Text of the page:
The Global Maritime Forum established a taskforce to address the challenges faced by seafarers and resolve the crew change crisis as quickly as possible, focusing on four issues that need to be addressed and solved.
Global Maritime Forum
Lloyd’s Register does not support calls of senior maritime stakeholders for regional schemes in support of shipping decarbonization, as these were announced during a Global Maritime Forum’s high-level meeting last week.
While a carbon levy should apply globally for shipping decarbonization, there are also opportunities on national and regional schemes, senior maritime stakeholders said during a high-level meeting last week.
The pandemic was at the top of concerns in the latest Global Maritime Issues Monitor 2020, with 93% of respondents saying the pandemic makes a global economic crisis more likely. A pandemic was also identified as the issue that the maritime industry feels the least prepared for, out of 19 other issues.
Maritime decision-makers deem a global economic crisis as the issue that can have the greatest impact on the industry in the next ten years, according to the Global Maritime Issues Monitor 2020 report by the Global Maritime Forum. Meanwhile, regardless of the pandemic, climate issues remain a top priority and increase in rankings of impact, likelihood, and preparedness.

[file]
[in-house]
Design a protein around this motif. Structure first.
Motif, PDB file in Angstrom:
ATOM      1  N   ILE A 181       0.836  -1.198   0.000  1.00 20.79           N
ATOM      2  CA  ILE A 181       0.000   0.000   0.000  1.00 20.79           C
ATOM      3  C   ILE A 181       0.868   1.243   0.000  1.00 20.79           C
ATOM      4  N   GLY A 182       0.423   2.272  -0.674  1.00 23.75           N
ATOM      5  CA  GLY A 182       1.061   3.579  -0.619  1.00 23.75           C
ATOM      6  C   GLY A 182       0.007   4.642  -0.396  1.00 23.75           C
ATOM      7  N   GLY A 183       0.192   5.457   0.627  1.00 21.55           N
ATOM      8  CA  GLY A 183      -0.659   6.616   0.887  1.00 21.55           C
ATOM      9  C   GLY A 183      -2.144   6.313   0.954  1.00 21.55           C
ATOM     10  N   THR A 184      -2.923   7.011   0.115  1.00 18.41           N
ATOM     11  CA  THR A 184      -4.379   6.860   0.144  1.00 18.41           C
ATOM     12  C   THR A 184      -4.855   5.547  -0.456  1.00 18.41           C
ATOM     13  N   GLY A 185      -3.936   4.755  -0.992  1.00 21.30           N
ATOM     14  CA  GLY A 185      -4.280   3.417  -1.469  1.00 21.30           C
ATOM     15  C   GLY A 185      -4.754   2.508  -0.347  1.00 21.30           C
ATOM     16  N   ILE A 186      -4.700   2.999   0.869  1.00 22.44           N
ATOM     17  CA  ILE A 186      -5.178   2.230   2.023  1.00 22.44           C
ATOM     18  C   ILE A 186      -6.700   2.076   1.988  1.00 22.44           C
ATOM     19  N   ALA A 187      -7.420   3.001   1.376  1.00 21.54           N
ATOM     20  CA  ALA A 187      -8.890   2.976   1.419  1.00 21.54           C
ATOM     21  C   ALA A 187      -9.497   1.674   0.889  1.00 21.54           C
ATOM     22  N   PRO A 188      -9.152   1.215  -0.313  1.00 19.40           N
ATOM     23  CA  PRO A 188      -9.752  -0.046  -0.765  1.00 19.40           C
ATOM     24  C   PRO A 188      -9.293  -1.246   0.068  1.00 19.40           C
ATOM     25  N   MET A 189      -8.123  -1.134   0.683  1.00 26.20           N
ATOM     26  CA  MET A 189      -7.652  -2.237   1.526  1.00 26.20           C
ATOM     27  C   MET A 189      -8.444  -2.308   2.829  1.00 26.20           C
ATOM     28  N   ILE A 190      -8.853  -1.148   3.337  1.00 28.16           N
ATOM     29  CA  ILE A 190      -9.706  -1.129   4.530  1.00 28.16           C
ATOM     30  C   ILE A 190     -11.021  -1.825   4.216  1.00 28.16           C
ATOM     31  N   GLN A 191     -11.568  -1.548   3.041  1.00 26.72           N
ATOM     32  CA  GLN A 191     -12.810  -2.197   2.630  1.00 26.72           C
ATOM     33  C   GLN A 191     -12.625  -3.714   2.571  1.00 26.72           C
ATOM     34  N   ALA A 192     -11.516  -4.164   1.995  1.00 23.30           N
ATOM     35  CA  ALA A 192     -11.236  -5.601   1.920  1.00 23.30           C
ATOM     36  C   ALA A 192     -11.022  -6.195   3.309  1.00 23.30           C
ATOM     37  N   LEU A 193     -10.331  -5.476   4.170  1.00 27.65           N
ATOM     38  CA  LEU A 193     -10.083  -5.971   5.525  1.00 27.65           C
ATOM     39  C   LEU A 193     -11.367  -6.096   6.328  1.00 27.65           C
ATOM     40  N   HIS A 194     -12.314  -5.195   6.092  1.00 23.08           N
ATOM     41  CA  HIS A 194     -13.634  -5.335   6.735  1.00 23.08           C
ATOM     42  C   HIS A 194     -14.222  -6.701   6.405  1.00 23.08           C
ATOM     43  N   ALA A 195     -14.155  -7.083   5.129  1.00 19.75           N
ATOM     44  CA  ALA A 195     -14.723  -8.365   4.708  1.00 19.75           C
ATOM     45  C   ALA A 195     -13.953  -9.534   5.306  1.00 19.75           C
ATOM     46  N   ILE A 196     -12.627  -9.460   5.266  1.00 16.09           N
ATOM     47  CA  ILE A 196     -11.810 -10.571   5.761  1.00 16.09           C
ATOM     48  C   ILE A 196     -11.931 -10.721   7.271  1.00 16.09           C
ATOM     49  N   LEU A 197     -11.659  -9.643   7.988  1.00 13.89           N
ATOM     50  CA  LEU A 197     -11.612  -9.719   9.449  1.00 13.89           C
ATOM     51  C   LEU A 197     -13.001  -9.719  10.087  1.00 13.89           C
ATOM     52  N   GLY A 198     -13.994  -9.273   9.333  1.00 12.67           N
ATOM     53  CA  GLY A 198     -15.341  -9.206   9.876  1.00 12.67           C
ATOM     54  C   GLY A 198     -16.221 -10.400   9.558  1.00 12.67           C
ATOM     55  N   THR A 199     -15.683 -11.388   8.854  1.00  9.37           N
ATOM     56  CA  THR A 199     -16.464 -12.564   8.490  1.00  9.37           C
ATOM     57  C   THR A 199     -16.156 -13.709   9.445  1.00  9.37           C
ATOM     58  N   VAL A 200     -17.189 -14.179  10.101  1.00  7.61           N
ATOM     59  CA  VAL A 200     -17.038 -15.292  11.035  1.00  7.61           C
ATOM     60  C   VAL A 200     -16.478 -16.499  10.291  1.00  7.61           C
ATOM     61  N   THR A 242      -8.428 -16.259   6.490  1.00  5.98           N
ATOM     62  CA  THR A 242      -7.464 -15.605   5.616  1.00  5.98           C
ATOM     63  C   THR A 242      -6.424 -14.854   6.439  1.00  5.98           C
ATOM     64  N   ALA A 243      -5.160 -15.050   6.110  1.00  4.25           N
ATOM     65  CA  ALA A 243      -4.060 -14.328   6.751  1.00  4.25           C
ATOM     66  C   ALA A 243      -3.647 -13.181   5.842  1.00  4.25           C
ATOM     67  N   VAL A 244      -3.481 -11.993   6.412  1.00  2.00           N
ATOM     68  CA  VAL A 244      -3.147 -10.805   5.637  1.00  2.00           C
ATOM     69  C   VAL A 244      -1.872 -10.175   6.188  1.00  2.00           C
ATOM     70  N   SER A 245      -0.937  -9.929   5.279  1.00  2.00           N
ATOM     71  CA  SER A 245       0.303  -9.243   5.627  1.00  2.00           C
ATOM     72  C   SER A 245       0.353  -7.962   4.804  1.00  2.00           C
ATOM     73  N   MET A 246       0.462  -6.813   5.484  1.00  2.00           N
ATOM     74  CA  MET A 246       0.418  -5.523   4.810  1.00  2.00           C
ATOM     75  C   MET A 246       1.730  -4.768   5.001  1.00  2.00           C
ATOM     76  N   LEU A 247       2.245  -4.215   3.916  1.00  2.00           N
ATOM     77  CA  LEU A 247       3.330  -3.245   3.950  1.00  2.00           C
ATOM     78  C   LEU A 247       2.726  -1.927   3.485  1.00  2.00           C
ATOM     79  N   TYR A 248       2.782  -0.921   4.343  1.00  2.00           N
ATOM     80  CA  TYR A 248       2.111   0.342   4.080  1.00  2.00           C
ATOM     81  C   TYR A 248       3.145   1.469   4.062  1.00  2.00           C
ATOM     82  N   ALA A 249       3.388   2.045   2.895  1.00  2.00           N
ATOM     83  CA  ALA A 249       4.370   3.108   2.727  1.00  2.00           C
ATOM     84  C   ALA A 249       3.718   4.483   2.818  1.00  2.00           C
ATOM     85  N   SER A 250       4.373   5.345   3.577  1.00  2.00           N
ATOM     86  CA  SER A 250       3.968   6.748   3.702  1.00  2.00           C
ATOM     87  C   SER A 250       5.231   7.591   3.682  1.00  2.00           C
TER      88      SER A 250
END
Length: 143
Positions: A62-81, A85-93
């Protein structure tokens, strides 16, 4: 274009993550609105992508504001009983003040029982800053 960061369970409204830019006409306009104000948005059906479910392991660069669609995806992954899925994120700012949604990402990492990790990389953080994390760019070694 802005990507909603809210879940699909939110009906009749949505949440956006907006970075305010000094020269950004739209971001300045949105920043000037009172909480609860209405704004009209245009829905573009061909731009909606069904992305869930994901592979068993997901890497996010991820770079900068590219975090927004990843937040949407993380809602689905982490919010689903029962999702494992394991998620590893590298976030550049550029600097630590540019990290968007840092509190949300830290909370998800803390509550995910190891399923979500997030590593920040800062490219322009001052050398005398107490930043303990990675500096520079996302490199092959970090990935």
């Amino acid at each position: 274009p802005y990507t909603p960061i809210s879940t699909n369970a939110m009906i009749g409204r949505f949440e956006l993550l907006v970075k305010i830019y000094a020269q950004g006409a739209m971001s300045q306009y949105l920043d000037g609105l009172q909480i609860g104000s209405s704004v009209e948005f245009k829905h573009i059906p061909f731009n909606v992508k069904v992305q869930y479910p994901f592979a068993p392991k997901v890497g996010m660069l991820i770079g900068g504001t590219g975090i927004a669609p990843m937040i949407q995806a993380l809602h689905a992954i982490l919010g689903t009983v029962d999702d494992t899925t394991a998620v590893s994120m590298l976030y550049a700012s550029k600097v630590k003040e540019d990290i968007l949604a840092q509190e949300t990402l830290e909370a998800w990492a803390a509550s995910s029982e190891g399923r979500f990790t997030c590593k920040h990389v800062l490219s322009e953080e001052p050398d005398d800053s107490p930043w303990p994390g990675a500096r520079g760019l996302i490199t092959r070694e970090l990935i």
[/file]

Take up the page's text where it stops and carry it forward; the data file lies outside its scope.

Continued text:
Despite the COVID-19 crisis, climate change remains a crucial issue for the planet, and consequently for shipping as well. In a recent webinar, IMO reminded of its strategy to reduce shipping’s emissions, presenting significant challenges for discussion.
Global Maritime Forum, World Economic Forum, Friends of Ocean Action, International Association of Ports and Harbors, Environmental Defense Fund, and University College London Energy Institute have partnered with global network P4G.
Five months after the launch of the Getting to Zero Coalition seeking to get commercially viable deep sea zero emission vessels into operation by 2030, a total of 100 Coalition members gathered in Copenhagen, for the first time on 25 February, to advance a work-plan for the coming 2 years.
In line with a global push to decarbonization and green development, a recently launched partnership among over 90 organizations ambitions to get commercially viable deep sea zero emission vessels fueled by zero emission fuels into operation by 2030.
The Hamburg Port Authority (HPA) announced that it will participate in the Getting to Zero Coalition. The initiative now counts more than 90 companies from all areas of the maritime sector, is committed to international decarbonization.
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